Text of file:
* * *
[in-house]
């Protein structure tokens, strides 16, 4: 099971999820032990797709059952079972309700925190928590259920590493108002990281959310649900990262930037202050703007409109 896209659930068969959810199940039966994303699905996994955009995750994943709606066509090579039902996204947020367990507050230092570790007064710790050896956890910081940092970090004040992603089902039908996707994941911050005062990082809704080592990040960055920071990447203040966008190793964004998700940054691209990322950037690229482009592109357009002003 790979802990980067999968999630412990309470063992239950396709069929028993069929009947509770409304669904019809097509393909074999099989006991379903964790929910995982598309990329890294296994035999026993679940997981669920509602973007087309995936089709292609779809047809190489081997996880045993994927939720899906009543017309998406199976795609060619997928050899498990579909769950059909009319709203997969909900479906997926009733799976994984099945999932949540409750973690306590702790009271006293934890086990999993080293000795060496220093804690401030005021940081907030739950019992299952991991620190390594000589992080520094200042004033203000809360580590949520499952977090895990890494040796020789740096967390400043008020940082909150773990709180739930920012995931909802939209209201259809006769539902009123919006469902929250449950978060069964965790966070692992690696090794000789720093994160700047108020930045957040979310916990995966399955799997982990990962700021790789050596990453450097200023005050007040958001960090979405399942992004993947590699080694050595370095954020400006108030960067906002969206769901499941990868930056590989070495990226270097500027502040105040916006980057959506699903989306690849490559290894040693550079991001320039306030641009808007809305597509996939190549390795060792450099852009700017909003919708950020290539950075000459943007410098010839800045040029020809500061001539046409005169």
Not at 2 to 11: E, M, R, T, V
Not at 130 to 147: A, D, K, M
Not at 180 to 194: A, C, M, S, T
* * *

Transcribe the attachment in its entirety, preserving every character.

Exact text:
[in-house]
């Protein structure tokens, strides 16, 4: 099971999820032990797709059952079972309700925190928590259920590493108002990281959310649900990262930037202050703007409109 896209659930068969959810199940039966994303699905996994955009995750994943709606066509090579039902996204947020367990507050230092570790007064710790050896956890910081940092970090004040992603089902039908996707994941911050005062990082809704080592990040960055920071990447203040966008190793964004998700940054691209990322950037690229482009592109357009002003 790979802990980067999968999630412990309470063992239950396709069929028993069929009947509770409304669904019809097509393909074999099989006991379903964790929910995982598309990329890294296994035999026993679940997981669920509602973007087309995936089709292609779809047809190489081997996880045993994927939720899906009543017309998406199976795609060619997928050899498990579909769950059909009319709203997969909900479906997926009733799976994984099945999932949540409750973690306590702790009271006293934890086990999993080293000795060496220093804690401030005021940081907030739950019992299952991991620190390594000589992080520094200042004033203000809360580590949520499952977090895990890494040796020789740096967390400043008020940082909150773990709180739930920012995931909802939209209201259809006769539902009123919006469902929250449950978060069964965790966070692992690696090794000789720093994160700047108020930045957040979310916990995966399955799997982990990962700021790789050596990453450097200023005050007040958001960090979405399942992004993947590699080694050595370095954020400006108030960067906002969206769901499941990868930056590989070495990226270097500027502040105040916006980057959506699903989306690849490559290894040693550079991001320039306030641009808007809305597509996939190549390795060792450099852009700017909003919708950020290539950075000459943007410098010839800045040029020809500061001539046409005169």
Not at 2 to 11: E, M, R, T, V
Not at 130 to 147: A, D, K, M
Not at 180 to 194: A, C, M, S, T